The Smithsonians National Museum of African American History and Culture is set to create an exhibit featuring artifacts from President Barack Obamas first and second terms.One section will feature a large display about the first black president. Curators have been working since 2008 to gather objects, documents and images that capture his place in [...]
We have been taught in school that the source of the policy of “40 acres and a mule” was Union General William T. Shermans Special Field Order No. 15, issued on Jan. 16, 1865. That account is half-right: Sherman prescribed the 40 acres in that Order, but not the mule. The mule would come [...]
The events surrounding the controversial and moving spectacle of the “Little Rock Nine” still reverberates in the minds of many with its stark imagery and political implications. The barring of nine Black African-American students who were prevented from entering Arkansas’ Little Rock Central High School on September 4, 1957, became known historically [...]
One hundred fifty years ago Monday, on September 17, 1862, the Union army commanded by Major General George McClellan met a Confederate force under Robert E. Lee at Antietam Creek in western Maryland, outside the town of Sharpsburg.
Completely blind by the age of [...]
On July 28, 1866, Congress passed a measure establishing the ninth and 10th cavalries and four infantry regiments (38th, 39th, 40th, and 41st) to be comprised of African-American enlisted men. Three years later, the four infantry regiments were consolidated into two regiments, the 24th and 25th.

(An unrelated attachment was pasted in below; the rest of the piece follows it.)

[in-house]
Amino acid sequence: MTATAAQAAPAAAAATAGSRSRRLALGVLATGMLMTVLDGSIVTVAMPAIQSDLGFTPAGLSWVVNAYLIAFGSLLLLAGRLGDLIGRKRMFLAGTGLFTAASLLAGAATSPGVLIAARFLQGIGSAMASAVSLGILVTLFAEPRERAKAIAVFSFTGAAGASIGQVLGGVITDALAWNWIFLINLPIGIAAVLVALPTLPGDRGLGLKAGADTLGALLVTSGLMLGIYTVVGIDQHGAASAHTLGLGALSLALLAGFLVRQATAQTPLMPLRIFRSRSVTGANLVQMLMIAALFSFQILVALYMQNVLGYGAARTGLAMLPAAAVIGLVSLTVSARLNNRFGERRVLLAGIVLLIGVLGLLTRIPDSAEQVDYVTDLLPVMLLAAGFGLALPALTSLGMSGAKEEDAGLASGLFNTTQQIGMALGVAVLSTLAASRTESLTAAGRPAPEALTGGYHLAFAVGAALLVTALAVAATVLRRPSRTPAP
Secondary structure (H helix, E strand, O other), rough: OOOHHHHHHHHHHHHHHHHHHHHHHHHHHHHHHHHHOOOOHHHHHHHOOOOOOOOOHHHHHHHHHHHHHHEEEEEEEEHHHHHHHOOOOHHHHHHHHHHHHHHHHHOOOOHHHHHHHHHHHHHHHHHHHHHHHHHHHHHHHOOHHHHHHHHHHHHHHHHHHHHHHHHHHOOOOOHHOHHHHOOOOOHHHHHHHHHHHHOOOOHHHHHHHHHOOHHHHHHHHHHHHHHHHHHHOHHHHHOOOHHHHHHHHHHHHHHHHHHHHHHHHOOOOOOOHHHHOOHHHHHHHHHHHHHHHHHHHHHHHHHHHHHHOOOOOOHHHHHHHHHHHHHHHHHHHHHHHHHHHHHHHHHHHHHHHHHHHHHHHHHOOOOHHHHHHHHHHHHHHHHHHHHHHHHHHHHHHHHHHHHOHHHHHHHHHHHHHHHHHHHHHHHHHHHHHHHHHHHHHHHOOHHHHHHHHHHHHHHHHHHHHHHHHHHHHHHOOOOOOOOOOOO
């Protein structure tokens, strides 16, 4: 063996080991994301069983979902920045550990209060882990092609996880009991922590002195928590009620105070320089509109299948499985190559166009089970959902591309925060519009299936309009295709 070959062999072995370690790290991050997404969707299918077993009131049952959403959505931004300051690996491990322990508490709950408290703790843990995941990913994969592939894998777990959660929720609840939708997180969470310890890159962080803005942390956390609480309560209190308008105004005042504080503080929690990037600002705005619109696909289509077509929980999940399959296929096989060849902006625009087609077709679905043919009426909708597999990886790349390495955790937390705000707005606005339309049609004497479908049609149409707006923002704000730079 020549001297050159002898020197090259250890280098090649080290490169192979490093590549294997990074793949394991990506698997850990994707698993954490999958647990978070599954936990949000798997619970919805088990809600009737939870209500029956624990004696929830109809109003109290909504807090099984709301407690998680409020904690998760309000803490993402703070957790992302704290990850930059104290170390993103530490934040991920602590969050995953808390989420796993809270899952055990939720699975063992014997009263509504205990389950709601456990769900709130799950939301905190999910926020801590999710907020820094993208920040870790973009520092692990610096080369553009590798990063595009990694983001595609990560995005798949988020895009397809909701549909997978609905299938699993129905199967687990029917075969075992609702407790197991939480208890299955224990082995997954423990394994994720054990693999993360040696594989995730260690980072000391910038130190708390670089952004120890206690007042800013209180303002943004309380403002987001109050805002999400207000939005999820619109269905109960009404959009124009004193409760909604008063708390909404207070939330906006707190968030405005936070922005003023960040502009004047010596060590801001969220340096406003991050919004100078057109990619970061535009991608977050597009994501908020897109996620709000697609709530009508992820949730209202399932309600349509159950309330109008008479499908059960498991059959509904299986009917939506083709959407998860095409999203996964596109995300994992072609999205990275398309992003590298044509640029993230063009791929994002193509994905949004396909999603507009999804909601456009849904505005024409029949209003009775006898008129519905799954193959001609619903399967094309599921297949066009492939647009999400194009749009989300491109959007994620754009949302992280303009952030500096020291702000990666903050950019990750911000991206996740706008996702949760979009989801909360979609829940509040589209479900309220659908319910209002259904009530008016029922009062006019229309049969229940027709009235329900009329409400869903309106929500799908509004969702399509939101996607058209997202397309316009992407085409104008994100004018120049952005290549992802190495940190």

“The troops were paid $13 a month, plus room, [...]
The Haitian Revolution lasted 13 years before the nation, known then as Saint-Domingue, gained independence from France and became the world’s first free black republic. It actually took two declarations to achieve that historic marker: Toussaint L’Ouverture led the island slave revolt to a short-lived victory over British and Spanish colonizers in [...]
Pioneering Black female lawyer Charlotte E. Ray pictured achieved her historic feat 140 years ago today in 1872, becoming just the third woman ever admitted to practice law in the country at the time. Ray was also the first woman admitted to practice law in the nation’s capital and the first woman to argue [...]
The importance of Ancestry and the ability to follow the line back to one’s origins. I see our children grow taller before our eyes when the receive their African Ancestry DNA certificate. Those certificates will be included in the books of their family stories which will be on display during [...]
Once we get a full picture beyond what we’re taught in school, where the largest continent and birthplace of all mankind is reduced to being the starting point for the Atlantic Slave Trade, there becomes an eagerness to migrate back across the Atlantic. The yearning is not unlike some immigrants who seek entrance to American [...]